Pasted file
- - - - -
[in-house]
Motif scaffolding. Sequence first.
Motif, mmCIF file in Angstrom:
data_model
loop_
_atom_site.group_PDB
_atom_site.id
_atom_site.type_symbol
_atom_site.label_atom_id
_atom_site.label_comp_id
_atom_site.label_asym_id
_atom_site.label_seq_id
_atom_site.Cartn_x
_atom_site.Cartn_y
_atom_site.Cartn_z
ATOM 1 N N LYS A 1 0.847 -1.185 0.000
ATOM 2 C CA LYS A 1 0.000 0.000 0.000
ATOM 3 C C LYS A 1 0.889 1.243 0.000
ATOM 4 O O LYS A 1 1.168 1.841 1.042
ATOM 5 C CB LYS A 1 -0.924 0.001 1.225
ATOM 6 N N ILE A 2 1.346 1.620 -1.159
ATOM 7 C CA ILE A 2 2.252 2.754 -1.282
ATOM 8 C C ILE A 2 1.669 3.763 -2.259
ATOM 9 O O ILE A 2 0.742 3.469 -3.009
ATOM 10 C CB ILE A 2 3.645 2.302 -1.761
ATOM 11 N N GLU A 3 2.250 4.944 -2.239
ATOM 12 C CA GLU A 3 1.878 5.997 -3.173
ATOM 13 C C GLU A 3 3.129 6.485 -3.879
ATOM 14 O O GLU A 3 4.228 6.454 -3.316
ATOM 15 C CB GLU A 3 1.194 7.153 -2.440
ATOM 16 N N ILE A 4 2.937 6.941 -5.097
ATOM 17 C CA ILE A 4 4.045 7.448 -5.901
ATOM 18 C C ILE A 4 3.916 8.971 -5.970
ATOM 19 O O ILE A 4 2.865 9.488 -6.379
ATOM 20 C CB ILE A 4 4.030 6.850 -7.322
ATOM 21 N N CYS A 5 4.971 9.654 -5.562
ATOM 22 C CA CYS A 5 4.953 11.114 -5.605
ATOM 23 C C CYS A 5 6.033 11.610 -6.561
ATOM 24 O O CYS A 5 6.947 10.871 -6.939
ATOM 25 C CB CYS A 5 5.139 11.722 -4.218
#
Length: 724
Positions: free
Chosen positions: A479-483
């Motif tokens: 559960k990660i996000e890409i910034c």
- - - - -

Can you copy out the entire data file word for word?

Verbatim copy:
[in-house]
Motif scaffolding. Sequence first.
Motif, mmCIF file in Angstrom:
data_model
loop_
_atom_site.group_PDB
_atom_site.id
_atom_site.type_symbol
_atom_site.label_atom_id
_atom_site.label_comp_id
_atom_site.label_asym_id
_atom_site.label_seq_id
_atom_site.Cartn_x
_atom_site.Cartn_y
_atom_site.Cartn_z
ATOM 1 N N LYS A 1 0.847 -1.185 0.000
ATOM 2 C CA LYS A 1 0.000 0.000 0.000
ATOM 3 C C LYS A 1 0.889 1.243 0.000
ATOM 4 O O LYS A 1 1.168 1.841 1.042
ATOM 5 C CB LYS A 1 -0.924 0.001 1.225
ATOM 6 N N ILE A 2 1.346 1.620 -1.159
ATOM 7 C CA ILE A 2 2.252 2.754 -1.282
ATOM 8 C C ILE A 2 1.669 3.763 -2.259
ATOM 9 O O ILE A 2 0.742 3.469 -3.009
ATOM 10 C CB ILE A 2 3.645 2.302 -1.761
ATOM 11 N N GLU A 3 2.250 4.944 -2.239
ATOM 12 C CA GLU A 3 1.878 5.997 -3.173
ATOM 13 C C GLU A 3 3.129 6.485 -3.879
ATOM 14 O O GLU A 3 4.228 6.454 -3.316
ATOM 15 C CB GLU A 3 1.194 7.153 -2.440
ATOM 16 N N ILE A 4 2.937 6.941 -5.097
ATOM 17 C CA ILE A 4 4.045 7.448 -5.901
ATOM 18 C C ILE A 4 3.916 8.971 -5.970
ATOM 19 O O ILE A 4 2.865 9.488 -6.379
ATOM 20 C CB ILE A 4 4.030 6.850 -7.322
ATOM 21 N N CYS A 5 4.971 9.654 -5.562
ATOM 22 C CA CYS A 5 4.953 11.114 -5.605
ATOM 23 C C CYS A 5 6.033 11.610 -6.561
ATOM 24 O O CYS A 5 6.947 10.871 -6.939
ATOM 25 C CB CYS A 5 5.139 11.722 -4.218
#
Length: 724
Positions: free
Chosen positions: A479-483
């Motif tokens: 559960k990660i996000e890409i910034c």